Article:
If you think that’s a mouthful…there’s more: CodeInWP.com’s Ultimate List of

WordPress Statistics says that “major versions of WordPress are released every 152 days—which is great news because it means WordPress is always improving. WordPress.org features tens of thousands of plugins in its directory, and that number is growing all the time. There are multiple WordPress camps (called WordCamps) held in at least 29 countries (as of 2014), and hundreds of WordPress meetup groups that cover everything you always wanted to know about WordPress.”

This myriad of facts and statistics may be overwhelming for you. If they are, never fear. All you really need to know about WordPress is that it’s easy to learn (which means a smaller learning curve for you),  it’s free (meaning you get to reserve your spending money for other business items),  and it’s always improving (meaning you won’t have to worry over-much about it going out of style).

What can WordPress do for your website?

Matt Mansfield of Smallbiztrends.com say that “WordPress really is the best site builder for small businesses” like yours. First and foremost, it’s a great blogging tool, because that is what it was originally built for. No matter what type of business you have in mind, you’ll need a blog page for the site so that you can keep your visitors up-to-snuff about the latest news or goings-on in your business. In addition, you can make it easy to find out what your customers are thinking by allowing visitors to vent, leave comments on your posts, or even make suggestions.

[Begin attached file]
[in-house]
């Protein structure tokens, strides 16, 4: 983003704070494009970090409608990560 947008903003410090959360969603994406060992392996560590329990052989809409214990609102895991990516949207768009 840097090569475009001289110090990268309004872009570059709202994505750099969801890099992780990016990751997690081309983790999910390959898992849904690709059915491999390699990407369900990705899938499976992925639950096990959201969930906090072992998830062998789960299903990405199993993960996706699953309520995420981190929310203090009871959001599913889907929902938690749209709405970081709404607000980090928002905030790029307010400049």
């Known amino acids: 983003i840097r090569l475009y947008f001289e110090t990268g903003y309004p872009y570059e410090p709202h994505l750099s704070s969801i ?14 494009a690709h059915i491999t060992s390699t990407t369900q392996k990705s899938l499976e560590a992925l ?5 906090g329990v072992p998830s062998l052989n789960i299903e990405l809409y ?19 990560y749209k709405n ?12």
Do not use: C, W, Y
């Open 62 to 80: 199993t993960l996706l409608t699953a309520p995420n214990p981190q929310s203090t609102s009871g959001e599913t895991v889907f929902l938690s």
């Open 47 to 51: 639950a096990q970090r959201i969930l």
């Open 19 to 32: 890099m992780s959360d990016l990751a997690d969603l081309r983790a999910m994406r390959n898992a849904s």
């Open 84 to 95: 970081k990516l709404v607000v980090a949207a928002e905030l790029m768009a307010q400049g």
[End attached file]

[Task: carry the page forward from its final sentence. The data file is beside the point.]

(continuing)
Mr. Mansfield also says that WordPress gives small businesses room to grow by offering fast and easy setup and launching, and the option to use a Hosted Website Plan so that a professional team takes care of the technical side of the website while you take care of the content side. Of course, if you don’t like tight restrictions on the look and feel of your website, you can forego the technical side and “do-it-yourself” instead. This means that you can decide on color, layout, content, options and many other features you want to offer to your customers.

WordPress has many other features that will benefit your small business. But one of the best benefits is WordPress’ massive amount of users, developers, and software fans. Many times, a novice or fledgling WordPress user can surf over to a free forum and get his or her question answered in no time.

Other obvious ways in which WordPress can help your small business website is that the easy admin panel and content management features will save you lots of money because you won’t have to send every single change to your webmaster. Its B2C (business-to-customer) format allows fast communication (via email) or even instant communication (via live chat). It’s also social network friendly, SEO friendly, has a fast learning curve and unlimited growth potential. In addition, the layout, flexibility and features inspire repeat customers…and what could be better than that?